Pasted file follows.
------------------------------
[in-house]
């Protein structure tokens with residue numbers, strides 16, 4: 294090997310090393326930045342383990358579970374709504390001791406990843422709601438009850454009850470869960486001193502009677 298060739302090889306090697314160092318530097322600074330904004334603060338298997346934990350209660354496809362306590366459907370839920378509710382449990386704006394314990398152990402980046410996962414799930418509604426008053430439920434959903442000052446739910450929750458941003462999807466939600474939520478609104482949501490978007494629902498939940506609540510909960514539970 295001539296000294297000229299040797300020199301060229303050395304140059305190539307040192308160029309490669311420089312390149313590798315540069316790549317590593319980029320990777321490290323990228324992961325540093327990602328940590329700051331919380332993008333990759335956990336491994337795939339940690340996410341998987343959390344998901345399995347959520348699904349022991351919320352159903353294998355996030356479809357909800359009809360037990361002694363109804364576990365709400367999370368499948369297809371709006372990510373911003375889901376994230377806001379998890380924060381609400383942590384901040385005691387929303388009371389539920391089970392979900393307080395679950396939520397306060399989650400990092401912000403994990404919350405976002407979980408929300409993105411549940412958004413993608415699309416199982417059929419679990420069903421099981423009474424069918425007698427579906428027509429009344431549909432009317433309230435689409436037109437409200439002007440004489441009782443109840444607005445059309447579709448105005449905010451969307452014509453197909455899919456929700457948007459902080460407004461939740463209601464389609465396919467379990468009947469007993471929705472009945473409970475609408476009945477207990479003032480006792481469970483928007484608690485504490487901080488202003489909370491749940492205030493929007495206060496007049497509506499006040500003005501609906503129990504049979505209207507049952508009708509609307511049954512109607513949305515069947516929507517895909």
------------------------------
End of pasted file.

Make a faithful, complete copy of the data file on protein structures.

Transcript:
[in-house]
């Protein structure tokens with residue numbers, strides 16, 4: 294090997310090393326930045342383990358579970374709504390001791406990843422709601438009850454009850470869960486001193502009677 298060739302090889306090697314160092318530097322600074330904004334603060338298997346934990350209660354496809362306590366459907370839920378509710382449990386704006394314990398152990402980046410996962414799930418509604426008053430439920434959903442000052446739910450929750458941003462999807466939600474939520478609104482949501490978007494629902498939940506609540510909960514539970 295001539296000294297000229299040797300020199301060229303050395304140059305190539307040192308160029309490669311420089312390149313590798315540069316790549317590593319980029320990777321490290323990228324992961325540093327990602328940590329700051331919380332993008333990759335956990336491994337795939339940690340996410341998987343959390344998901345399995347959520348699904349022991351919320352159903353294998355996030356479809357909800359009809360037990361002694363109804364576990365709400367999370368499948369297809371709006372990510373911003375889901376994230377806001379998890380924060381609400383942590384901040385005691387929303388009371389539920391089970392979900393307080395679950396939520397306060399989650400990092401912000403994990404919350405976002407979980408929300409993105411549940412958004413993608415699309416199982417059929419679990420069903421099981423009474424069918425007698427579906428027509429009344431549909432009317433309230435689409436037109437409200439002007440004489441009782443109840444607005445059309447579709448105005449905010451969307452014509453197909455899919456929700457948007459902080460407004461939740463209601464389609465396919467379990468009947469007993471929705472009945473409970475609408476009945477207990479003032480006792481469970483928007484608690485504490487901080488202003489909370491749940492205030493929007495206060496007049497509506499006040500003005501609906503129990504049979505209207507049952508009708509609307511049954512109607513949305515069947516929507517895909």